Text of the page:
O’Brien: Can basketball players help end the violence?

SHARE O’Brien: Can basketball players help end the violence?
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It leaves a deep scar on a city when the top-ranked basketball player in the country is shot and killed near his high school. The shame and shock of Ben Wilson’s death in 1984 will likely stain Chicago for several more generations.

Things haven’t been any better recently, the names are just less famous. Current or former basketball players are regularly among the hundreds shot and killed in the city every year.

One thing is finally changing. The city’s high school basketball coaches have stepped up their efforts to help the problem. Coaches United Against Violence was created after former Marshall guard Timothy Triplett was shot and killed in April of 2015.

The group held its most effective and inspired event so far at Breakthrough Urban Ministries on the West Side on Saturday. Players from 12 high schools took part: Vocational, Clemente, Curie, Foreman, Lane, Lincoln Park, Marshall, Perspectives-MSA, Perspectives-Calumet, Robeson, Von Steuben and Westinghouse.

The morning began with a video message from Duke coach Mike Krzyzewski, who grew up near Augusta and Damen, less than two miles from Breakthrough.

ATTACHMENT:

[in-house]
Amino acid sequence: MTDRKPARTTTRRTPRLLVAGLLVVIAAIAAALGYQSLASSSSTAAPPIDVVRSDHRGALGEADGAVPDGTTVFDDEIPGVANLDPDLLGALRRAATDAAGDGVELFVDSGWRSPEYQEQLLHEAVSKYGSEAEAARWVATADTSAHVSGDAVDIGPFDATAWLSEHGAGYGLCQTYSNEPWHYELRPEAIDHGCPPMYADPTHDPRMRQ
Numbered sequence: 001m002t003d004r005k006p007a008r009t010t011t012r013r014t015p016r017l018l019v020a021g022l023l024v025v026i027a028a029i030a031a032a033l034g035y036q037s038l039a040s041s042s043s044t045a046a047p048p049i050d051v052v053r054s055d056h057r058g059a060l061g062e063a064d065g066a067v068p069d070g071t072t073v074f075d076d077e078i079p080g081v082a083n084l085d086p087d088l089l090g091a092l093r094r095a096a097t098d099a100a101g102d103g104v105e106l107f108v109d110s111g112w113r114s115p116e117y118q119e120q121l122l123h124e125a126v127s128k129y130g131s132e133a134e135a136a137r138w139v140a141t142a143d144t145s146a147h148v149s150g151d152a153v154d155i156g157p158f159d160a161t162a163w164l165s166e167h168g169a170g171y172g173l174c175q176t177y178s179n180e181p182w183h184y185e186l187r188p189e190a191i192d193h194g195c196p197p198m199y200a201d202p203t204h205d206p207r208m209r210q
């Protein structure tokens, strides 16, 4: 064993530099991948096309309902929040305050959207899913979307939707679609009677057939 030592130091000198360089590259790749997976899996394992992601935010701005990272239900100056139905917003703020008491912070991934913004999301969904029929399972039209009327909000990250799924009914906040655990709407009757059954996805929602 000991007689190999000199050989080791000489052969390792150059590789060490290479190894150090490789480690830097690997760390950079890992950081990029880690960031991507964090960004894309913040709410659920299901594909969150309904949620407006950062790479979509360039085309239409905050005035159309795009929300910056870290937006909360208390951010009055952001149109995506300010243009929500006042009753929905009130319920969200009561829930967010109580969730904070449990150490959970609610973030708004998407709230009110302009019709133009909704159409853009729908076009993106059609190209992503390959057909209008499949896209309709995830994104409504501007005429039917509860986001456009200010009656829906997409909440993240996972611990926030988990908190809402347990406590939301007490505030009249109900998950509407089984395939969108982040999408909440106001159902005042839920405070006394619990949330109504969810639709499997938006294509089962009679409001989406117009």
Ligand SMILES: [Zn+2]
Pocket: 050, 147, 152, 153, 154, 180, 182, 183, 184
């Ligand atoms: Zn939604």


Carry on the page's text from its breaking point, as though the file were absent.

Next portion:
“What an amazing event,” Krzyzewski said. “Remember that you must act as role models. Off the court understand you are very visible at school and in your community.”

That was the overall message of the event. The coaches believe that if the basketball players set the right example, the rest of the school will follow.

Attendees were invited to write the names of friends and family members lost to violence on a large board in the gym labeled “We Remember.” There were more than a dozen names listed by the end of the event.

“I grew up on the West Side,” former UIC coach Howard Moore said. “I lost a lot of friends and some family members to violence. I challenge you, I beg you, when you leave here today make a positive impact.”

Marshall assistant coach Shawn Harrington, who was shot last year, stressed education.

“Ten years from now it won’t matter who was the most popular, who had the new Jordan’s when they came out,” Harrington said. “All that will matter is who was smarter.

“He’s a nerd, he’s a geek. Welcome those words with open arms. In ten years they will call you boss. Embrace your education.”

The players broke up in to smaller discussion group after the speakers. Coaches Against Violence is proving to be more than just an idea. The group hosted a basketball league this past summer and seems intent on making a dent in the city’s violence epidemic.

“Basketball brings this big city together,” Harrington said.

Maybe, with the help of Coaches United Against Violence, basketball can also help Chicago start to heal.

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